Every photographer worth their salt knows that the lens is just as important as the camera. Part of that is because one lens can produce a dramatically different picture then another—like the difference between a telephoto lens and a wide-angle lens. But optical clarity is also important, and the glass of a lens needs to be manufactured to very tight tolerances in order to avoid distortion in pictures. That is just as true for smartphones as it is for professional DSLR cameras, which results in the lens bump on the back of your phone. But this new lens developed by researchers from the University of Utah is just microns thick thanks to a completely new fabrication technique.
The thin, lightweight lens could produce slimmer camera phones, longer-flying drones. (📷: Dan Hixson / University of Utah College of Engineering)
The purpose of every camera lens is to bend light in a way that is beneficial for the picture. A telephoto lens, for example, needs to magnify a distant area and then focus the light through the aperture and onto the film or digital sensor. Lenses are designed to focus all of the available light, which means they need to be convex with a smooth curve. That dome shape ultimately makes the lens thick, and results in the bump on your smartphone. This new lens design completely disregards that convention in favor of a multitude of tiny microstructures that each refract light independently of their neighbors.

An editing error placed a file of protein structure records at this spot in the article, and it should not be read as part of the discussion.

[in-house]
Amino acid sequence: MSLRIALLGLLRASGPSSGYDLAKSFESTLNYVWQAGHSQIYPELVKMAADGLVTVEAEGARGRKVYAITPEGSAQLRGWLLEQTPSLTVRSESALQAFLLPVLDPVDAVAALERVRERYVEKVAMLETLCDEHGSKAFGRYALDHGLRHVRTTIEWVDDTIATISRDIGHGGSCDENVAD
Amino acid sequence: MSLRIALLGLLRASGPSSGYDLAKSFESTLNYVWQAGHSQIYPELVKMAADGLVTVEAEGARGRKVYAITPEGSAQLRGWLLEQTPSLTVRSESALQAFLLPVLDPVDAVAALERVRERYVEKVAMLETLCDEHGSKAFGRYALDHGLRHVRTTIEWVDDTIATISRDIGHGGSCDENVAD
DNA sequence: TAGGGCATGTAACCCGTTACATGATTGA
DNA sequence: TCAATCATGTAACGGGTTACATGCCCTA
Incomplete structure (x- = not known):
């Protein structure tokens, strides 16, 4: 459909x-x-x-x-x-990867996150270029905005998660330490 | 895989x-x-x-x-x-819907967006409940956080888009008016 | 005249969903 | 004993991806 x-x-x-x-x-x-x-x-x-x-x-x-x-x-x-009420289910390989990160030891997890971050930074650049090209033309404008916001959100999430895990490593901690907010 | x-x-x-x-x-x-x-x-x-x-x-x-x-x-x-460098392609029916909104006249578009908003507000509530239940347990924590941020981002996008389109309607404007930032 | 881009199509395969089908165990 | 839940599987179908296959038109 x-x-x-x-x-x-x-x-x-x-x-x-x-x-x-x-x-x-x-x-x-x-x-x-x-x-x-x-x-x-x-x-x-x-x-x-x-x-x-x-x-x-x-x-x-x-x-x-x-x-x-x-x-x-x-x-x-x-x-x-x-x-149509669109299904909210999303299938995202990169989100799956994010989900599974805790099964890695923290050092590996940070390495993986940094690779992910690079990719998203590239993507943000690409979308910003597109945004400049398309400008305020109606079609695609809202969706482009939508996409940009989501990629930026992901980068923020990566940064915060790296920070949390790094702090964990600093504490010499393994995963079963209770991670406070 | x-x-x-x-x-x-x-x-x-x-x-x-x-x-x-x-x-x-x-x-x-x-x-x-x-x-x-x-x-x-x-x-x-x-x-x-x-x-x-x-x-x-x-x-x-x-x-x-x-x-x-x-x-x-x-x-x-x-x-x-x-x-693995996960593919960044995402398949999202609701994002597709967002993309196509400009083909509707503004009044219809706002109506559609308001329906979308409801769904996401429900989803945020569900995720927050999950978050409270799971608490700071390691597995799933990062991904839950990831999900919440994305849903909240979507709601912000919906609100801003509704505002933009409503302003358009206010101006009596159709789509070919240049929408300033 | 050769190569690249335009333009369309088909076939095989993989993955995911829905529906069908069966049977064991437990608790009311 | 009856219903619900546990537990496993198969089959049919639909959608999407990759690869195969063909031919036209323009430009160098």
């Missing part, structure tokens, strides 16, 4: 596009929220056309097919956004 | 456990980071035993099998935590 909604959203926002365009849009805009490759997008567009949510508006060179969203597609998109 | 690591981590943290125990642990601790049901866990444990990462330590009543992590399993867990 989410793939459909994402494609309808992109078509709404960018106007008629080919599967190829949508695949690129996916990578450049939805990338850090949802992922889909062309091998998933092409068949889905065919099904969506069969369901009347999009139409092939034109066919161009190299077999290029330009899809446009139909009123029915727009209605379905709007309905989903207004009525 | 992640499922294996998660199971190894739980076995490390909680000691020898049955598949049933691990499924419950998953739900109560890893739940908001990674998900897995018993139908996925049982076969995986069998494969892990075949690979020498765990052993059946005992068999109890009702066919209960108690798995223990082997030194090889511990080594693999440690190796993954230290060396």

This lens is a flat disc that measures just a few microns thick—compared to a few millimeters thick for a conventional smartphone camera lens. It also weighs far less. The disc is made up of thousands of individual microstructures, each oriented at the proper angle to refract light towards the camera’s digital sensor. The microstructure at the very center of the lens is parallel to the sensor, while the microstructures near the edge are oriented at a relatively extreme angle.
That would result in significant distortion if there were just a few dozen microstructures, but that effect is reduced as more microstructures are added. If the number of microstructures is higher than the number of pixels the digital sensor is capable of picking up, then there wouldn’t be any distortion—at least theoretically. The researcher team developed an algorithm to determine how the microstructures should be oriented, and they say that this lens could be cheaper to manufacture than a conventional glass lens, because it can be made out of plastic.